that the report was not satisfactory because it did not address the issues
in the depth they deserved,” says Donatella Rovera of HRW. “There has to
be an investigation, and those responsible must be brought to justice. The
duty to investigate lies with the Israeli government. The responsibility
for this, failing the Israeli authorities, lies with the international
That a follow-up never materialized surprised a few. “This is in keeping
with the behavior of the Israeli authorities both before and after the
invasion,” continues Rovera. “Our main concern is that this impunity acts
as a catalyst, as an encouragement for more violations to be committed,”
including Palestinian attacks of terror, she adds.
Her fears are well founded. “If this kind of suicide bombing will go on,
we will have to return there again and again and again,” says Zeev
Schiff, Israel’s senior military correspondent.
“I repeat: if people think that because of what happened there, Israel
will stop doing this, they are absolutely wrong.”
Yet as both the intifada and Israel’s counter-insurgency rumble into their
third year, terms like “massacre” continue to be deployed according to a
convenience that has since not enjoyed parallel scrutiny.
When Palestinian militants on Nov. 15, 2002, killed 12 Israelis in
occupied Hebron, Israeli government spokesmen instantly dubbed it “the
Sabbath massacre,” casting it as a terror attack on Jewish settlers
worshipping at the city’s Ibrahimi mosque and synagogue complex. It soon
emerged that all of those killed were soldiers and settler paramilitaries,
but not before fierce denunciations from UN Secretary-General Kofi Annan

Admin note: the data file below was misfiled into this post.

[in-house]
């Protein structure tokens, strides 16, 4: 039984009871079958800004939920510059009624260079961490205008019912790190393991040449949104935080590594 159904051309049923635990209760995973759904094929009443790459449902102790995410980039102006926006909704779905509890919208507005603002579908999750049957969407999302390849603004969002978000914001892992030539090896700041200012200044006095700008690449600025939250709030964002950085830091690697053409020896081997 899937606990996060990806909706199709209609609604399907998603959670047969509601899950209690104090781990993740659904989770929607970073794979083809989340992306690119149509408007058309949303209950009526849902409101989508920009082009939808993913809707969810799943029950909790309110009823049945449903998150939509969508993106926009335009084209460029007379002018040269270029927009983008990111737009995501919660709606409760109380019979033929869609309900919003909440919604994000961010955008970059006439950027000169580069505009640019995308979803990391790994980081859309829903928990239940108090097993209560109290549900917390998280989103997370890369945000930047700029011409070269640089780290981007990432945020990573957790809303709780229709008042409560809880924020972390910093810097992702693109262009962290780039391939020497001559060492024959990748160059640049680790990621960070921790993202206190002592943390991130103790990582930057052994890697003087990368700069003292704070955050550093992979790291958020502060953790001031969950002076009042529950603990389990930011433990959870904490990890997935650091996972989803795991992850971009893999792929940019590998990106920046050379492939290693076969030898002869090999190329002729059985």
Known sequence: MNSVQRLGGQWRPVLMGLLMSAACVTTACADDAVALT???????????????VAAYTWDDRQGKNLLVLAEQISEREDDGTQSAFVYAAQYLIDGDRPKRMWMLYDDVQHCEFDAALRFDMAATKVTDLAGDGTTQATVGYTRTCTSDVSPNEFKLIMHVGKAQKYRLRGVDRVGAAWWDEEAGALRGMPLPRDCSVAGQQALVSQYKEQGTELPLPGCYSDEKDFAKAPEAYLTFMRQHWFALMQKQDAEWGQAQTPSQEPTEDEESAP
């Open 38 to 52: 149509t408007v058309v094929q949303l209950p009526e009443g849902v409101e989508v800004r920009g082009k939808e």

and Pope John Paul II had cast the attack in infamy on major international
The condemnations were never retracted. “This is the double standard that
is usually voiced by the Israelis, and even the Americans,” Salameh says.
On Oct. 14, the Israeli army razed 115 houses and damaged an equal number
in the town of Rafah in southern Gaza, rendering some 1,240 people
homeless and culminating in a series of increasingly brutal mass
demolitions along the path of Israel’s “Separation Fence.”
An act of “self defense,” commented a US State Department spokesman. To
most Palestinians, news that the IDF will soon deploy remote-controlled
bulldozers in the Occupied Territories would only confirm that the
evisceration of their space is now switching into automated overdrive.
Nissim’s army unit received a military commendation for its efforts in
Jenin. Schiff was awarded his country’s highest journalist award, the
Chaim Herzog Prize for unique contributions to the state of Israel.
The Jenin survivors meanwhile are still defending space to narrate. In a
ceremony marking the anniversary of the invasion in Ramallah’s main
square, leaflets asserted their appeal: “On behalf of our Palestinian
refugees, represented by their own popular committees and all our people …
we ask UN Secretary-General Kofi Annan to reconsider the report published
in August 2002 about the massacre in Jenin, which disappointingly
expresses only the arrogant racism of Israel and America.”